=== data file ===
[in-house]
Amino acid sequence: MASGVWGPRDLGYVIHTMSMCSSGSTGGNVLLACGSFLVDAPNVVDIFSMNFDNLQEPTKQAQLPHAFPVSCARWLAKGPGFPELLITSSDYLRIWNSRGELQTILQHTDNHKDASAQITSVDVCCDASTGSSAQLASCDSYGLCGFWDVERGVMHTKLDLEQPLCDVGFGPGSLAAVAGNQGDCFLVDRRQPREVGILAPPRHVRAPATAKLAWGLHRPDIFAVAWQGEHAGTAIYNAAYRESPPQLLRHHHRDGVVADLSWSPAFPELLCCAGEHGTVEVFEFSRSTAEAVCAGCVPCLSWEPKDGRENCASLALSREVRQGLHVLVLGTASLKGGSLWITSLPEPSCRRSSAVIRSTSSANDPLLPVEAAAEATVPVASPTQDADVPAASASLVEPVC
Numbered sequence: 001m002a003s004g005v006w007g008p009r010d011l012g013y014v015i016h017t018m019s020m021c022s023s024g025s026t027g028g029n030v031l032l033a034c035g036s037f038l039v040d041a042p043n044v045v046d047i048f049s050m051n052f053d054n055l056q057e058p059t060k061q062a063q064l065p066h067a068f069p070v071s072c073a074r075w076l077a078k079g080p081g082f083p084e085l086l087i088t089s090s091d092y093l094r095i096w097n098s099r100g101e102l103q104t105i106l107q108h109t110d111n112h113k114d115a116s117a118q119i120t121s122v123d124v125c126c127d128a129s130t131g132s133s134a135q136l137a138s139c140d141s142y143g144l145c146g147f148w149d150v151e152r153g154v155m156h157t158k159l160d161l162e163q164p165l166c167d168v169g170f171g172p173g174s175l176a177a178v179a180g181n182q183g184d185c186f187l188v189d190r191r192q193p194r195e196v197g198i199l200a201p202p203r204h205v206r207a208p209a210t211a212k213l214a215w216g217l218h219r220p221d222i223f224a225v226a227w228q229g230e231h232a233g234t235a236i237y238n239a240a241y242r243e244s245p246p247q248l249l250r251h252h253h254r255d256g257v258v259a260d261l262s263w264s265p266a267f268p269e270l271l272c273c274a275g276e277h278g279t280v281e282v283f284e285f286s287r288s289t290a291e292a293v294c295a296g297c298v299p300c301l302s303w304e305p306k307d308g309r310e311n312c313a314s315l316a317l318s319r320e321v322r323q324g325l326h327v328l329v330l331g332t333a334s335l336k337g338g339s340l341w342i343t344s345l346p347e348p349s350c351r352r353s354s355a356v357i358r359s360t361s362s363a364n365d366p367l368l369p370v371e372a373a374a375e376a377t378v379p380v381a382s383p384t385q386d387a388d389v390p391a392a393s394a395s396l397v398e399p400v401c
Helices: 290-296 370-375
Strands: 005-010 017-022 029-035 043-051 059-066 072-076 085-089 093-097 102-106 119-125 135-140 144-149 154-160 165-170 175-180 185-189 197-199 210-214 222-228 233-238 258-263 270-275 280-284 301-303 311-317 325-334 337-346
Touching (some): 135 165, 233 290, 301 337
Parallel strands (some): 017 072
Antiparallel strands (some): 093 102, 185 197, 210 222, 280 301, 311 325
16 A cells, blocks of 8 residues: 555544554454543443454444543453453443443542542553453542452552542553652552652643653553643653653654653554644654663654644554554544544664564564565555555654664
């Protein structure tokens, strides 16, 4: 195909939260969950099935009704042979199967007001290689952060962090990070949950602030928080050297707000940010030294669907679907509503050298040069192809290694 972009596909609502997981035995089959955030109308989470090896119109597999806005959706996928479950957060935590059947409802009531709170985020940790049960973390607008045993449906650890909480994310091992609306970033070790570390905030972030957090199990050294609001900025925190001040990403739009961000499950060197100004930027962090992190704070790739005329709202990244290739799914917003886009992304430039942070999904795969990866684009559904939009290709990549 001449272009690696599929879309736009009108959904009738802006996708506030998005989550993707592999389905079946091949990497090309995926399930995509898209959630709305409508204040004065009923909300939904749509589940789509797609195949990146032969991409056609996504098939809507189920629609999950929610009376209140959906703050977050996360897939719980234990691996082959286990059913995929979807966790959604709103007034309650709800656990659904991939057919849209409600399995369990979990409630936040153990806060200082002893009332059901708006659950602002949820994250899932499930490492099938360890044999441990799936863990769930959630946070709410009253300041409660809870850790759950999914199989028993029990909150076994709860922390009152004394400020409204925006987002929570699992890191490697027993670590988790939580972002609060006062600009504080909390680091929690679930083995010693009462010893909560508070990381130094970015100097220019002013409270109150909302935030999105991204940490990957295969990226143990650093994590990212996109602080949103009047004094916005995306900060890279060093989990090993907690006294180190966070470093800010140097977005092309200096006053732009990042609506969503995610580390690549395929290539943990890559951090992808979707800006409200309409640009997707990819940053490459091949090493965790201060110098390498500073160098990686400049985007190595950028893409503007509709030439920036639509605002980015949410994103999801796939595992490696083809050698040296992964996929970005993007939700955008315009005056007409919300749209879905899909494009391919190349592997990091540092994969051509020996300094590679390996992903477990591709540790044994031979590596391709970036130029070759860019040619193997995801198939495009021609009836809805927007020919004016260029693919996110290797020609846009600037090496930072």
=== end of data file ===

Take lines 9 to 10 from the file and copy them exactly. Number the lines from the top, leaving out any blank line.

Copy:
16 A cells, blocks of 8 residues: 555544554454543443454444543453453443443542542553453542452552542553652552652643653553643653653654653554644654663654644554554544544664564564565555555654664
């Protein structure tokens, strides 16, 4: 195909939260969950099935009704042979199967007001290689952060962090990070949950602030928080050297707000940010030294669907679907509503050298040069192809290694 972009596909609502997981035995089959955030109308989470090896119109597999806005959706996928479950957060935590059947409802009531709170985020940790049960973390607008045993449906650890909480994310091992609306970033070790570390905030972030957090199990050294609001900025925190001040990403739009961000499950060197100004930027962090992190704070790739005329709202990244290739799914917003886009992304430039942070999904795969990866684009559904939009290709990549 001449272009690696599929879309736009009108959904009738802006996708506030998005989550993707592999389905079946091949990497090309995926399930995509898209959630709305409508204040004065009923909300939904749509589940789509797609195949990146032969991409056609996504098939809507189920629609999950929610009376209140959906703050977050996360897939719980234990691996082959286990059913995929979807966790959604709103007034309650709800656990659904991939057919849209409600399995369990979990409630936040153990806060200082002893009332059901708006659950602002949820994250899932499930490492099938360890044999441990799936863990769930959630946070709410009253300041409660809870850790759950999914199989028993029990909150076994709860922390009152004394400020409204925006987002929570699992890191490697027993670590988790939580972002609060006062600009504080909390680091929690679930083995010693009462010893909560508070990381130094970015100097220019002013409270109150909302935030999105991204940490990957295969990226143990650093994590990212996109602080949103009047004094916005995306900060890279060093989990090993907690006294180190966070470093800010140097977005092309200096006053732009990042609506969503995610580390690549395929290539943990890559951090992808979707800006409200309409640009997707990819940053490459091949090493965790201060110098390498500073160098990686400049985007190595950028893409503007509709030439920036639509605002980015949410994103999801796939595992490696083809050698040296992964996929970005993007939700955008315009005056007409919300749209879905899909494009391919190349592997990091540092994969051509020996300094590679390996992903477990591709540790044994031979590596391709970036130029070759860019040619193997995801198939495009021609009836809805927007020919004016260029693919996110290797020609846009600037090496930072």